Why Boeing selected Skylight
One reason Boeing chose Skylight is the platform's ability to adapt to the company's complex set of legacy systems, including its manufacturing execution system (MES), according to DeStories. Those databases are "fairly organic," because some of the systems were legacy carryovers from Boeing's acquisition of Hughes Electronics' space and communications business in 2000 and its McDonnell-Douglas buy in 1996, among others. "We didn't need to change our backend databases," he says.
DeStories says Skylight is "kind of like an OS for wearables," because it works across device types and isn't restricted to Glass.
To vet the system without putting any sensitive Boeing information at risk, the team created an isolated internal test network. "We could load data that we know is non-sensitive, or very specific to just that project, and that's what we were showing with Skylight out in the production area," DeStories says. "We had a snapshot of the wire harness database on that service and users were able to pull up their wire harness information that is in production."
From an IT perspective, it wasn't a live system, but techs used Glass and Skylight on the floor for standard procedures, and "they wouldn't know the difference," Tsai says.
The system worked well on the isolated test network the team created as part of the pilot, but connecting Skylight and that network was far from simple. "That's definitely the hardest process, especially with these organic databases," Tsai says. "The wire harness system, when we initially had APX do that, took about two months from beginning to a rollout solution for commercial wire harnesses."
Beyond Boeing's smartglass pilot
AR applications and systems are expected to represent a $105 billion market for U.S. enterprises within the next 15 years, according to Index AR Solutions, a company that builds custom enterprise AR apps. That number includes $49 billion in hardware, $45 billion in related services and $11 billion in software. In other words, AR and related wearables represent a major opportunity for businesses, one that Boeing is well-positioned to capitalize on.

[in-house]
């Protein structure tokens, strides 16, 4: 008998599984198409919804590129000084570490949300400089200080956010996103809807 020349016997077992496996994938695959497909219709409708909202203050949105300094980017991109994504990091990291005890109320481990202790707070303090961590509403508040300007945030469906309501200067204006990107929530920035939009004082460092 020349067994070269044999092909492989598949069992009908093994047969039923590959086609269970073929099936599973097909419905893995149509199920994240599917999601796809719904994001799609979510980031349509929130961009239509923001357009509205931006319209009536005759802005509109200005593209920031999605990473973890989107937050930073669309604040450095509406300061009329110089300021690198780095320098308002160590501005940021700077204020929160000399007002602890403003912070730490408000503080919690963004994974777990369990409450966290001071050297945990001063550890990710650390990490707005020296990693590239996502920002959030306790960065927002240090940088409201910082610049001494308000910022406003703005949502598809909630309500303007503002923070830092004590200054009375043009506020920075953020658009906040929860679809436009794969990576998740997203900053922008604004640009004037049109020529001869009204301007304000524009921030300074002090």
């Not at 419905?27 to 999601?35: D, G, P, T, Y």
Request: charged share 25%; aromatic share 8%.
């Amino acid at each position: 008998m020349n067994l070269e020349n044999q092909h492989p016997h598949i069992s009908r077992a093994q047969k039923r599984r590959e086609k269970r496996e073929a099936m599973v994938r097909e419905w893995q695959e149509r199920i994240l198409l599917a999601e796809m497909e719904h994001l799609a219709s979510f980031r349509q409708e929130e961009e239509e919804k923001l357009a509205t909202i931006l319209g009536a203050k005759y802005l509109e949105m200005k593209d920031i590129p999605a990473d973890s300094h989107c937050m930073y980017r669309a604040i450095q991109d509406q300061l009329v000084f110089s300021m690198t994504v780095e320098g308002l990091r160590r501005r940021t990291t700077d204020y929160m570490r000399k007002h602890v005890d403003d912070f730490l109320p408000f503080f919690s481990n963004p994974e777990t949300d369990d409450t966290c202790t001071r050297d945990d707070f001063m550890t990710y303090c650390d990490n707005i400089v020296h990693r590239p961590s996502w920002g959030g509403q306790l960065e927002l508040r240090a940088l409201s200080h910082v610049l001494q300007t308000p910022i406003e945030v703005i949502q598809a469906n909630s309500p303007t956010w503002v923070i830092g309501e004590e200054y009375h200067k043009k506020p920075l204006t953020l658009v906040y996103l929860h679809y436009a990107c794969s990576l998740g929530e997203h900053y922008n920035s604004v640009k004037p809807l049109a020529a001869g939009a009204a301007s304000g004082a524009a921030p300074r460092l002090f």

During the pilot, DeStories says Glass and Skylight helped its wire harness workers decrease the assembly time by 25 percent and it significantly reduced error rates.
Now that Boeing's Glass pilot has come to an end, it's time to address the remaining hurdles before an official release. "The big pain point here is getting on the network, from an information security perspective," DeStories says. "For IT to say, 'Hey, we're going to let everything work on the network,' we have to make sure we have information security vetted, we have to make sure we know what kind of IT support we're going to need behind it. These are the questions we're answering right now, and we feel like we're very close to being on a truly connected solution."
Future is bright for smartglasses at Boeing
During the five years since DeStories joined the company, he says Boeing has seen "a tsunami wave of change from an IT perspective." And Project Juggernaut, in particular, has come a long way in a relatively short period of time.
"When we started [Project Juggernaut], there was no dedicated group, because [smartglasses were] still a new technology," he says. "We initially didn't get much IT support, but now it's starting to pan out, and we're starting to show results." For example, in January, the company dedicated a group within its One Boeing Mobile division, the IT unit that's in charge of bringing new technologies to its workforce, to Project Juggernaut.
"If you look at Boeing, they've got something like a 5,000 plane backlog that they're under contract to build," says APX Labs' Ballard. "If they want to deliver those planes faster, they're not building new factories. They're trying to figure out how to remove inefficiencies in their processes with the people in the buildings they already have … It just so happens that wearables are compelling devices to do that."
The company's use of smartglasses could eventually extend far beyond wire assembly. Boeing researchers say the technology could be used anywhere in its manufacturing and assembly areas where staffers use paper instructions. Boeing says it's investigating how Glass could be put to use aboard NASA's International Space Station, as well.
The company also isn't committed exclusively to Glass and is open to the possibility of rolling out additional smartglass makes and models in the future, DeStories says. For now, however, Glass is the best tool for the job, and it is poised to become a genuine game-changer on the assembly floors of the world's largest aerospace firm, possibly even hundreds of miles above the earth's surface.